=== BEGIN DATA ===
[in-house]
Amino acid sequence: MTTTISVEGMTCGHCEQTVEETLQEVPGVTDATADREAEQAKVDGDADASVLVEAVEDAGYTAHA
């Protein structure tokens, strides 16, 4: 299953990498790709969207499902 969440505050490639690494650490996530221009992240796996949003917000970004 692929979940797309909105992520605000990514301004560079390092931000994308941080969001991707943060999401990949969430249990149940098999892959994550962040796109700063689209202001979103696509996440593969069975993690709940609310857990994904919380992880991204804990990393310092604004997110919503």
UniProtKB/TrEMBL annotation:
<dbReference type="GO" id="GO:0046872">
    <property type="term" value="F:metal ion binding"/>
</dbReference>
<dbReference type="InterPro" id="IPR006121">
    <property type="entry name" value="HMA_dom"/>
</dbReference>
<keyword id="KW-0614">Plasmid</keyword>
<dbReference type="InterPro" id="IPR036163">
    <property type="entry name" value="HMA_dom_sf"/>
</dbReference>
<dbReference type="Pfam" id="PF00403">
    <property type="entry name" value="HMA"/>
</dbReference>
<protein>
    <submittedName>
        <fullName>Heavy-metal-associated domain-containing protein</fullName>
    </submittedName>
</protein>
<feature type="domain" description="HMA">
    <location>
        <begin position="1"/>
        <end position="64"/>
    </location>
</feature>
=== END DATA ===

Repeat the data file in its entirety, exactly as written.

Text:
[in-house]
Amino acid sequence: MTTTISVEGMTCGHCEQTVEETLQEVPGVTDATADREAEQAKVDGDADASVLVEAVEDAGYTAHA
């Protein structure tokens, strides 16, 4: 299953990498790709969207499902 969440505050490639690494650490996530221009992240796996949003917000970004 692929979940797309909105992520605000990514301004560079390092931000994308941080969001991707943060999401990949969430249990149940098999892959994550962040796109700063689209202001979103696509996440593969069975993690709940609310857990994904919380992880991204804990990393310092604004997110919503």
UniProtKB/TrEMBL annotation:
<dbReference type="GO" id="GO:0046872">
    <property type="term" value="F:metal ion binding"/>
</dbReference>
<dbReference type="InterPro" id="IPR006121">
    <property type="entry name" value="HMA_dom"/>
</dbReference>
<keyword id="KW-0614">Plasmid</keyword>
<dbReference type="InterPro" id="IPR036163">
    <property type="entry name" value="HMA_dom_sf"/>
</dbReference>
<dbReference type="Pfam" id="PF00403">
    <property type="entry name" value="HMA"/>
</dbReference>
<protein>
    <submittedName>
        <fullName>Heavy-metal-associated domain-containing protein</fullName>
    </submittedName>
</protein>
<feature type="domain" description="HMA">
    <location>
        <begin position="1"/>
        <end position="64"/>
    </location>
</feature>